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Ear bones allow researchers to track movement of Pacific bluefin tuna

Image: Texas A&M-Galveston

If tuna truly was the chicken of the sea, David Wells would have no need to have done extensive research on the subject. While chickens number in the tens of billions globally, studies show there are only around 1.6 million Pacific bluefin tuna.

Wells, an associate professor in the Department of Marine Biology at Texas A&M University at Galveston, studies the spawning ground of the Pacific bluefin tuna, which is noteworthy due to the fish’s overfished status as well as its popularity in the sport fishing and culinary worlds.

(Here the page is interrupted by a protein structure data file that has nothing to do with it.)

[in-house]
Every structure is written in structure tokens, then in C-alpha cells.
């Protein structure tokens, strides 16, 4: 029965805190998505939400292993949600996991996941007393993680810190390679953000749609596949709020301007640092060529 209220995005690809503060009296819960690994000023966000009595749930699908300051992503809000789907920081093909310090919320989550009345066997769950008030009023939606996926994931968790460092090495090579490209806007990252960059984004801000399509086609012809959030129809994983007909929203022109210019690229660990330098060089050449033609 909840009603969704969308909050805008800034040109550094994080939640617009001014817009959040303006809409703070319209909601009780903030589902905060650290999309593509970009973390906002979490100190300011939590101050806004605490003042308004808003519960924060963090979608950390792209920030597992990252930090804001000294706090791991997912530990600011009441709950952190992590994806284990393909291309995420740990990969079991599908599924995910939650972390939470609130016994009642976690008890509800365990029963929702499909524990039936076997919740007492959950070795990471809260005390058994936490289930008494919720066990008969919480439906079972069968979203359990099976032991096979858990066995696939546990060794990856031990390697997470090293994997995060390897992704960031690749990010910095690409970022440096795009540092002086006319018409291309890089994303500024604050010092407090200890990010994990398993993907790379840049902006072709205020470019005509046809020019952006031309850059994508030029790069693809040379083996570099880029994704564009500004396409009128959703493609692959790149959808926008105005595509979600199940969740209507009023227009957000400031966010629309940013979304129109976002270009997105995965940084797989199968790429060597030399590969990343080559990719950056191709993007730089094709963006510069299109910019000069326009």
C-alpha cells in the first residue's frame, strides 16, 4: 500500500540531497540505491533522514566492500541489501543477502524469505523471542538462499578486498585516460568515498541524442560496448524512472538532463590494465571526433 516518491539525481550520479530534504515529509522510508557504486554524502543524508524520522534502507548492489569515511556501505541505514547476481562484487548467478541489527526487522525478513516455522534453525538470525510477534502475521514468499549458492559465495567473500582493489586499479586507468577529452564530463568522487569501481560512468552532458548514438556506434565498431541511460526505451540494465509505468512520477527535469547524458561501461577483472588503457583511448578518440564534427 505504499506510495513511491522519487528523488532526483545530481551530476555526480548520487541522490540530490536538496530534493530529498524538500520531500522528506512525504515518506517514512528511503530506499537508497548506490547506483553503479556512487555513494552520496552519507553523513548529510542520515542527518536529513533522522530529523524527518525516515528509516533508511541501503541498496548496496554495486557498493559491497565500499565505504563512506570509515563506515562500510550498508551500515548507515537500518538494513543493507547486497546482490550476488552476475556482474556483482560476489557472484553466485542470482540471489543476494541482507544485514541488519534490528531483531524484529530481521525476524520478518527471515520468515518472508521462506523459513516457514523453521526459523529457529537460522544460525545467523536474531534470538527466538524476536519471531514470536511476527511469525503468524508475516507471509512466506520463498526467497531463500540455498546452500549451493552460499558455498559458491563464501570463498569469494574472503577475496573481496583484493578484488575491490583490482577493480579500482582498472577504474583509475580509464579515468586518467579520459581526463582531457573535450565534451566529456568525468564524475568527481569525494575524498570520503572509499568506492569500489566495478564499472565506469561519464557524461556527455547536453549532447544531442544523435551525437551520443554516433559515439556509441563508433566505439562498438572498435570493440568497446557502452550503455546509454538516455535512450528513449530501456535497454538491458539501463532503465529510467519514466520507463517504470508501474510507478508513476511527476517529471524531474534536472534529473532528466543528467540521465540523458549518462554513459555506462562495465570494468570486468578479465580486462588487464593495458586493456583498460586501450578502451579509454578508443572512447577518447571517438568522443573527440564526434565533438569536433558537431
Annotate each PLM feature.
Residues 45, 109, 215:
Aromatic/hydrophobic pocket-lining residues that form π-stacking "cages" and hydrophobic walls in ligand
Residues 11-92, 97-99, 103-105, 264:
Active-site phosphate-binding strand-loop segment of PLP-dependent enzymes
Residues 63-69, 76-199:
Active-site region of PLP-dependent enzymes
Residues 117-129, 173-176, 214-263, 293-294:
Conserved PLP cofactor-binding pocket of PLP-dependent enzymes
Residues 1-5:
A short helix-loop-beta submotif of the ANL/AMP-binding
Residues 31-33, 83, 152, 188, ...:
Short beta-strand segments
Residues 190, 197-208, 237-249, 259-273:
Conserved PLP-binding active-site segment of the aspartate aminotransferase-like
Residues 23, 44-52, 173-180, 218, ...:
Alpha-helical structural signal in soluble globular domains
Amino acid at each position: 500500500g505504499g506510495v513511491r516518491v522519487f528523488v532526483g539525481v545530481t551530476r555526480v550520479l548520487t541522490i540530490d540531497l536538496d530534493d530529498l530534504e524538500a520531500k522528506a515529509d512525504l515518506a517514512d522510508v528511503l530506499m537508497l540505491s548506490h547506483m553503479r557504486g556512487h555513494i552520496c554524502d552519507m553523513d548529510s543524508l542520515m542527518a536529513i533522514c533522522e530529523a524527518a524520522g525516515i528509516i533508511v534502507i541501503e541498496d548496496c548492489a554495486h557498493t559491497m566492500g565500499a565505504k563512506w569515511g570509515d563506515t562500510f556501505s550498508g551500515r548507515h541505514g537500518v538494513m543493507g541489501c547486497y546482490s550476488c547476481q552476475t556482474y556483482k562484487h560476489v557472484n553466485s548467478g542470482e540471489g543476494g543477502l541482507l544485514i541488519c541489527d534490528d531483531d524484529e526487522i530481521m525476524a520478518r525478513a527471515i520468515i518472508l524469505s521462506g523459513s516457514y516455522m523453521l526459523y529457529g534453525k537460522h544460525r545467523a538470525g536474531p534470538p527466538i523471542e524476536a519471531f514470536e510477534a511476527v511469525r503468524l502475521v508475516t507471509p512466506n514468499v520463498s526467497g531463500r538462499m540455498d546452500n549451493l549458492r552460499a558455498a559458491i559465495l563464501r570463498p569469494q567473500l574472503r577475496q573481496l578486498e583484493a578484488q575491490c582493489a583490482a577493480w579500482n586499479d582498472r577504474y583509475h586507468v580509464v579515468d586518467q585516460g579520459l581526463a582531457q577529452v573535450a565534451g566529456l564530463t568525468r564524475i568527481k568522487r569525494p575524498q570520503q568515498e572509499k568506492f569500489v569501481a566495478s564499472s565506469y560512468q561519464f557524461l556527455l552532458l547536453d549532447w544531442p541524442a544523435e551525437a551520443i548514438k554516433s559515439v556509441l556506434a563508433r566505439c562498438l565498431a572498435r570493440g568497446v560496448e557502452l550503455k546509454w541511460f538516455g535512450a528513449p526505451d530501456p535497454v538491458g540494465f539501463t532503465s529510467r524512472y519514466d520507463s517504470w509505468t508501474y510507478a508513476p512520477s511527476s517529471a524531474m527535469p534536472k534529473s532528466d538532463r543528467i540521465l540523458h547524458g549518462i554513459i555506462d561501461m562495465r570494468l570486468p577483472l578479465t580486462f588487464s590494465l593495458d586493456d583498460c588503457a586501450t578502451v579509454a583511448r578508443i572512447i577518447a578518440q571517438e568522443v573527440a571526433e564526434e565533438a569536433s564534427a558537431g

Wells’ research, published in Biology Letters, focuses on a four year-long research study to better understand the movement and connectivity of the highly migratory species.

“Bluefin are prized as the highest quality of sushi grade tuna in the world,” Wells said. “They’re in demand all across the Atlantic, Pacific and Indian oceans and people will pay top dollar for them.”

The team used ear bones from dead tuna as natural tracers or tags to study the chemistry of the sea water where the bluefin lived.

“Otoliths, or ear bones, record the chemistry of the sea water that the fish resided in and are also used to age fishes, similar to counting rings along a cross section of a tree,” Wells said.

“We analyzed the chemistry of these ear bones, matching the chemical signatures from fish in the eastern Pacific to the chemical signatures from fish collected from the two spawning grounds in the western Pacific,” he said. “This allows us to estimate the proportion of fish near California that originated from each spawning ground during each year of the study.”